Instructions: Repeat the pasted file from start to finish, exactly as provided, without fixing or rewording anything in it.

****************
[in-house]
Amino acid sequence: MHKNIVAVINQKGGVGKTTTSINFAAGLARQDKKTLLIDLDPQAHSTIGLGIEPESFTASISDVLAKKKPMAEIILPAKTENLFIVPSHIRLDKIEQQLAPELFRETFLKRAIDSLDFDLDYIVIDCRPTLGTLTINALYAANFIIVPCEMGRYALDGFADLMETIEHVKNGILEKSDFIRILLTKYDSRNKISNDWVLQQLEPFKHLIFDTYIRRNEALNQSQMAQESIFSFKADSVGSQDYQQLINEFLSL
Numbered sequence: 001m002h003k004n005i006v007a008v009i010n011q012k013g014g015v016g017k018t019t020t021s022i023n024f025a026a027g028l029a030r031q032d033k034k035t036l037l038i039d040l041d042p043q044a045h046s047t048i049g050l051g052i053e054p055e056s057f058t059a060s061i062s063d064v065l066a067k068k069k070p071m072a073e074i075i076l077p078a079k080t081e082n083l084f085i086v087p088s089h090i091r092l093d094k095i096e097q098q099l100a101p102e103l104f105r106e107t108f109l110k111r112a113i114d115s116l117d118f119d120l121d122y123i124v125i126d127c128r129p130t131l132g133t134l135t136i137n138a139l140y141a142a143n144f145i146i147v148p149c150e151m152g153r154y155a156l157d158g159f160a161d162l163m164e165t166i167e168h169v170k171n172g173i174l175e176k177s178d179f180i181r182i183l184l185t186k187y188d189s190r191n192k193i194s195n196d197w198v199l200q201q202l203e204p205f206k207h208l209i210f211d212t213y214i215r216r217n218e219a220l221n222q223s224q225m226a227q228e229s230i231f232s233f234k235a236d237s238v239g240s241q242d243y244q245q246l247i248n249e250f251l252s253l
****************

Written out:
[in-house]
Amino acid sequence: MHKNIVAVINQKGGVGKTTTSINFAAGLARQDKKTLLIDLDPQAHSTIGLGIEPESFTASISDVLAKKKPMAEIILPAKTENLFIVPSHIRLDKIEQQLAPELFRETFLKRAIDSLDFDLDYIVIDCRPTLGTLTINALYAANFIIVPCEMGRYALDGFADLMETIEHVKNGILEKSDFIRILLTKYDSRNKISNDWVLQQLEPFKHLIFDTYIRRNEALNQSQMAQESIFSFKADSVGSQDYQQLINEFLSL
Numbered sequence: 001m002h003k004n005i006v007a008v009i010n011q012k013g014g015v016g017k018t019t020t021s022i023n024f025a026a027g028l029a030r031q032d033k034k035t036l037l038i039d040l041d042p043q044a045h046s047t048i049g050l051g052i053e054p055e056s057f058t059a060s061i062s063d064v065l066a067k068k069k070p071m072a073e074i075i076l077p078a079k080t081e082n083l084f085i086v087p088s089h090i091r092l093d094k095i096e097q098q099l100a101p102e103l104f105r106e107t108f109l110k111r112a113i114d115s116l117d118f119d120l121d122y123i124v125i126d127c128r129p130t131l132g133t134l135t136i137n138a139l140y141a142a143n144f145i146i147v148p149c150e151m152g153r154y155a156l157d158g159f160a161d162l163m164e165t166i167e168h169v170k171n172g173i174l175e176k177s178d179f180i181r182i183l184l185t186k187y188d189s190r191n192k193i194s195n196d197w198v199l200q201q202l203e204p205f206k207h208l209i210f211d212t213y214i215r216r217n218e219a220l221n222q223s224q225m226a227q228e229s230i231f232s233f234k235a236d237s238v239g240s241q242d243y244q245q246l247i248n249e250f251l252s253l